Maker Faire response to Ariel

You asked on Facebook:  Did you enjoy the Faire while you were there?

This question made me think about my experience outside the heart palpitation issue I was experiencing and to write down notes for next year’s show, which was my main objective.  That objective was to learn what possible booth I would have and how to set it up and staff it.  Not sure if you know but I’ve been to hundreds of conventions or fairs like Maker Faire all over the world.  They range from very corporate with huge stages and booths to reptile conventions on International Drive.

What I learned at the exhibitor orientation was that it is a loosey-goosy, all volunteer, grassroots fair.  The crowds appeared to be in the thousands like they promoted but their efficiency was diminished due to lack of adequate staffing for the food vendors that caused long, slow moving transactions.  For instance, the generic stand vendor next to the BBQ vendor had a single person take orders and deliver food.

My problem was I got there hungry and should have grabbed something to eat on the road before attending.  I waited in line at the pizza vendor for about 10 minutes and the line barely moved.  Then when I saw what they were serving, it looked like a whole pizza but that was only one person’s order that I saw.  I wasn’t sure if I could buy slices but by the time 10 minutes had passed, I deduced these were made-to-order pizzas and I’d probably would have to dump what I didn’t eat.

As you know there were large crowds gathered around different events so it was somewhat difficult to determine what was a line for food or other activities.  I then decided to try to see if there were other food vendors and that’s when I found the generic show food vendor and that the line was half as long as the BBQ place.

While I was standing in the generic food line, I was again reminded how obese the attendees are.  This is not a reflection on this show and I see it everywhere, especially at our local WalMart Neighborhood Market.  It’s not just that a majority of the people are overweight, it’s the massive sizes of some of these people that I would guess are four times the size in fat for their skeletons.  Fat Bastard from the Austin Powers movie is a good example.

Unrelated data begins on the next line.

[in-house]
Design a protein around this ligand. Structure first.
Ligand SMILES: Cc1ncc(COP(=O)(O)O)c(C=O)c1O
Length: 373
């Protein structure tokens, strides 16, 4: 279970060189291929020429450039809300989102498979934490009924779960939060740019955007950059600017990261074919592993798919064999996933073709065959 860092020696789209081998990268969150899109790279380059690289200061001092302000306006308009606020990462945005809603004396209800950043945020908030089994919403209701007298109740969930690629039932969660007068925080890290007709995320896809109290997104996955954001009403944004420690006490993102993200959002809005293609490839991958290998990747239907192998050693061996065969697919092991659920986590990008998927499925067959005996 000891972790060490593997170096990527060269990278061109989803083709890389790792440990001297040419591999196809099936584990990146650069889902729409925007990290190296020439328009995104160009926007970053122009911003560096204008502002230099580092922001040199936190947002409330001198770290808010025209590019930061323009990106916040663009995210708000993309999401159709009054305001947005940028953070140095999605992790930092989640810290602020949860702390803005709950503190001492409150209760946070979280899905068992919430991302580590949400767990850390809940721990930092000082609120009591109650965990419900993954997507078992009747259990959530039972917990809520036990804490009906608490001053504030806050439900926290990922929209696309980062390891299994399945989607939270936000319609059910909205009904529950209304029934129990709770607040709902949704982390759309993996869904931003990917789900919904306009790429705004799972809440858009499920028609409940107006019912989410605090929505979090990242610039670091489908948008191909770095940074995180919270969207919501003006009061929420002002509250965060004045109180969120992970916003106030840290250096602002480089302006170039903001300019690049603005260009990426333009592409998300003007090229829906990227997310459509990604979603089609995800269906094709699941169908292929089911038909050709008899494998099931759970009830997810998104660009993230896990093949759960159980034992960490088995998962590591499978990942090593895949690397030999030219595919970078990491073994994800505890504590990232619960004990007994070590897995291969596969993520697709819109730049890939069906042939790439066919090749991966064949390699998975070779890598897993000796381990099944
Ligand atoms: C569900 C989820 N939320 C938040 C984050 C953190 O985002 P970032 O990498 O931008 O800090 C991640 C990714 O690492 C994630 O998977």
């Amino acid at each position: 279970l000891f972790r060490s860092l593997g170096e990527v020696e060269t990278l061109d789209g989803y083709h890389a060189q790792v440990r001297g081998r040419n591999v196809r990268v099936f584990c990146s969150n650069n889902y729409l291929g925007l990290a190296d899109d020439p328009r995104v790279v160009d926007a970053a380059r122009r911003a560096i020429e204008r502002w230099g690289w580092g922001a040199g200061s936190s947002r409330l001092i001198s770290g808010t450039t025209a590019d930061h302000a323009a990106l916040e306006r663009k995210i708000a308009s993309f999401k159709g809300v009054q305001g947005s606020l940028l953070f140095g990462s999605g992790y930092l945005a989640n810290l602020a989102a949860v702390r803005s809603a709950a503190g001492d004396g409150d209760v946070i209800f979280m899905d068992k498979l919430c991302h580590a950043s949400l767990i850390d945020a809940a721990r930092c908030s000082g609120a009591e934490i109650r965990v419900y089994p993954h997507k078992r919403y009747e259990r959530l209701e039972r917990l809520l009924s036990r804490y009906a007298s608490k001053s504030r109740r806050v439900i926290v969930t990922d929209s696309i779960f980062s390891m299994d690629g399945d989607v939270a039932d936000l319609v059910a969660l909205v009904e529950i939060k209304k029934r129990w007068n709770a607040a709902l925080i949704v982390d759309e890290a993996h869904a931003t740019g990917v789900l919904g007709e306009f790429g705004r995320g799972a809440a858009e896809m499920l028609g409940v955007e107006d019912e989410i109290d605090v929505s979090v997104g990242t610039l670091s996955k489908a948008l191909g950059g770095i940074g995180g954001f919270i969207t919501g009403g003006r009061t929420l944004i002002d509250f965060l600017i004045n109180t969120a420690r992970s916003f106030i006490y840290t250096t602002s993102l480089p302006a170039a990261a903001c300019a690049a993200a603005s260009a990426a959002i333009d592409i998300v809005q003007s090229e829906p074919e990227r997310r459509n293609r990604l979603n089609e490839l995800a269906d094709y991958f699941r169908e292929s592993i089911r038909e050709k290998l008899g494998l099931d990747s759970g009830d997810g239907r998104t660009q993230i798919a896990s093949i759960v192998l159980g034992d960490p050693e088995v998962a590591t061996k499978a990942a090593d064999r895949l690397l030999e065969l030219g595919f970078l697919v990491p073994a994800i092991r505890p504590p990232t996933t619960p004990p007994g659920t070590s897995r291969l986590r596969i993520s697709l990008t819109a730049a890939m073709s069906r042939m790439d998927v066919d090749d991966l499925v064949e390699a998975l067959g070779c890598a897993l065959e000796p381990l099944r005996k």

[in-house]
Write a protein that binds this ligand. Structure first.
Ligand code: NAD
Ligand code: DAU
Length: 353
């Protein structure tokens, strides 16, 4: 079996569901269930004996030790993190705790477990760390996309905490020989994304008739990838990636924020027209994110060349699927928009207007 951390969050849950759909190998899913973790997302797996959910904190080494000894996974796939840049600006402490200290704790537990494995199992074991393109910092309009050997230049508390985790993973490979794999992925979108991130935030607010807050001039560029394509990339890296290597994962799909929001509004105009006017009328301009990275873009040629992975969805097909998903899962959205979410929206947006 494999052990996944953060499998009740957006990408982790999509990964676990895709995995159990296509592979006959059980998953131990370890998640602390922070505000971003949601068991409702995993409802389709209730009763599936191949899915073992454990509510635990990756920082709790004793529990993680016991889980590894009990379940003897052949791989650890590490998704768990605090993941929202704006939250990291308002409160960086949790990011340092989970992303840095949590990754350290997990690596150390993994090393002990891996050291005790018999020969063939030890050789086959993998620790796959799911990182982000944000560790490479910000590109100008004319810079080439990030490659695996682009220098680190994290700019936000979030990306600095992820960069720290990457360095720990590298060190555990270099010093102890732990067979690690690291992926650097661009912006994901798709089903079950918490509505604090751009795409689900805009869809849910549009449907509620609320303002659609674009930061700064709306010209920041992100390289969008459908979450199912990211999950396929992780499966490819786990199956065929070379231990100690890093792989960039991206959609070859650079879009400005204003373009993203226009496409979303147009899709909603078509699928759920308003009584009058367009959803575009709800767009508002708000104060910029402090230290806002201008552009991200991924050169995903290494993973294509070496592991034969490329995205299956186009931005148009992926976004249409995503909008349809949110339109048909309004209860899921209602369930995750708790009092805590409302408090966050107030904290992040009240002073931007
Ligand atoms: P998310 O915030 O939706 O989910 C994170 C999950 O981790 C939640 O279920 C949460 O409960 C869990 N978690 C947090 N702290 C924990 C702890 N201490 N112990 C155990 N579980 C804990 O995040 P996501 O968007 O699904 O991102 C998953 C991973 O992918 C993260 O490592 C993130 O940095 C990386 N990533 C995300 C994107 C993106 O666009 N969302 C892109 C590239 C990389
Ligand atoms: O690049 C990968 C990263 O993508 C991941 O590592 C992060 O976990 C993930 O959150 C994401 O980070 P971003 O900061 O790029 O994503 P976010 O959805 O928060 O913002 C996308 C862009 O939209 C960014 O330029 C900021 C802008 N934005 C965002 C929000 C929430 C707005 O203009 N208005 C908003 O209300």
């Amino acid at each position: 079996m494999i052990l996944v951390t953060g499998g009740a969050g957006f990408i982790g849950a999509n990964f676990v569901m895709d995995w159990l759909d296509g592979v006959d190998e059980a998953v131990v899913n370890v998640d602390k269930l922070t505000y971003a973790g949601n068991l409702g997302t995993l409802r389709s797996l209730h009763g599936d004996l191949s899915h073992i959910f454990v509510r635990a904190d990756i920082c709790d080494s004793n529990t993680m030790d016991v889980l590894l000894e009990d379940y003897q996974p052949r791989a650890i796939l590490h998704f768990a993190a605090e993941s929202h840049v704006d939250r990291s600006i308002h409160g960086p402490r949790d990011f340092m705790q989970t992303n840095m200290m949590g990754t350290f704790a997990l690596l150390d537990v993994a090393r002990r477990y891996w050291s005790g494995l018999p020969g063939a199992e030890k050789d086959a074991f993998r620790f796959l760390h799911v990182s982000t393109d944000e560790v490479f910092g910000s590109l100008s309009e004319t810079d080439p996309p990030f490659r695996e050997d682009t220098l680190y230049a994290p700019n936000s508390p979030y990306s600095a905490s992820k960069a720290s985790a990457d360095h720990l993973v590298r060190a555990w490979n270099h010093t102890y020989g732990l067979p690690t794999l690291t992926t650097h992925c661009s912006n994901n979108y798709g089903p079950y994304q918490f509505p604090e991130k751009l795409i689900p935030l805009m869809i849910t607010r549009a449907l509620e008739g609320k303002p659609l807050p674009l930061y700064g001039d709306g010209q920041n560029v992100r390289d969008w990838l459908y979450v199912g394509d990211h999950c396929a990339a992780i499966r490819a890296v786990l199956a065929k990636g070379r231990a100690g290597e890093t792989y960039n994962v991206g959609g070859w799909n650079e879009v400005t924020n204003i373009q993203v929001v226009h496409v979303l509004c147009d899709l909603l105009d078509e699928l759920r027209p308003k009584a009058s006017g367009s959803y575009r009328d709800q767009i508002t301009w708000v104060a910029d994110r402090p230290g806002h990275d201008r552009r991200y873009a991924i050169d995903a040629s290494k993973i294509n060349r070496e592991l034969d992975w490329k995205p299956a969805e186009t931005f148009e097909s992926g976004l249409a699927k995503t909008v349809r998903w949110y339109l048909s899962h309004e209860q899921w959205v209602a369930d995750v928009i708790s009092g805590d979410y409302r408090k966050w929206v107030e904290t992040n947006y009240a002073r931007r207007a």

Anyway, that wasn’t anything new but I got my food about an hour after I got there.  I sat in the grass outside on the ground where the rapper stage was located and ate.  Average show food and giant soda cups.  That’s when the heart palpitations started.  I’ve always had them and am functional during their occurrences.  My mother also had them but they would debilitate her, sometimes for hours.  Mine have always been minor compared to hers but as I’ve aged, they’ve become on again, off again, longer.

I recently learned that air conditioning has a lot to do with them.  Once I figured that out, I stopped experiencing them on the road, especially in summer.  I don’t really like running the AC because I was born and raise here; however, I’d prefer not to have the irregular feeling of fibrillations.  I’ve even gone on hour long bike rides while having them and they lasted most of the ride.  But after a while, they get annoying and they make me irritable.  But that’s just backstory.

After I ate 2/3 my nachos with cheese and chili and drank 1/4 coke bucket, I dumped them on the way into the OPPORTUNITY BUILDING where my booth would have been located a few booths down from the soldering classes and Skycraft booth.  This was exactly why I wanted to visit the show this year, besides visiting with you (although I knew that would be limited due to your schedule).

What I learned for the first time was that I will have a wall behind the booth.  When I asked at orientation, they couldn’t guarantee anything.  I learned from this visit was that the wall behind the booth is where I can hang a curtain to store stuff behind the open area.  As well, I wasn’t sure how the booths adjoined each other and learned there’s an imaginary line between booths that can grow to cover others who don’t show, like me.  So now I can plan for the show next year and what to print and how to display.  I didn’t even know where and how my booth would be located and orientated until the day before the show.

That’s why I’m glad I canceled this year.  The morning before the show was an easy decision because there was absolutely no way I could have carried this off without looking unprofessional or like a goon (which was not uncommon there). 😉

Since our rover needs floor space and objects to navigate around, I wasn’t sure how to position things, where to stand, and how to present.  I am also glad I attended the show to learn how crowded and blocked the aisles are in that building.

So, if you made it this far, I hope this answers your question, although it’s probably TMI.  Again, this response is for my notes to review next year, should I be accepted.  I’m also glad I have a year to get ready (besides testing everything working together) because there are several other features I’d like to add, get enough stick time navigating the rover, and give it more intelligence and computer vision.  One friend suggested a body change that I’d really like to experiment with before a major show.

Thanks again for asking!

All the best,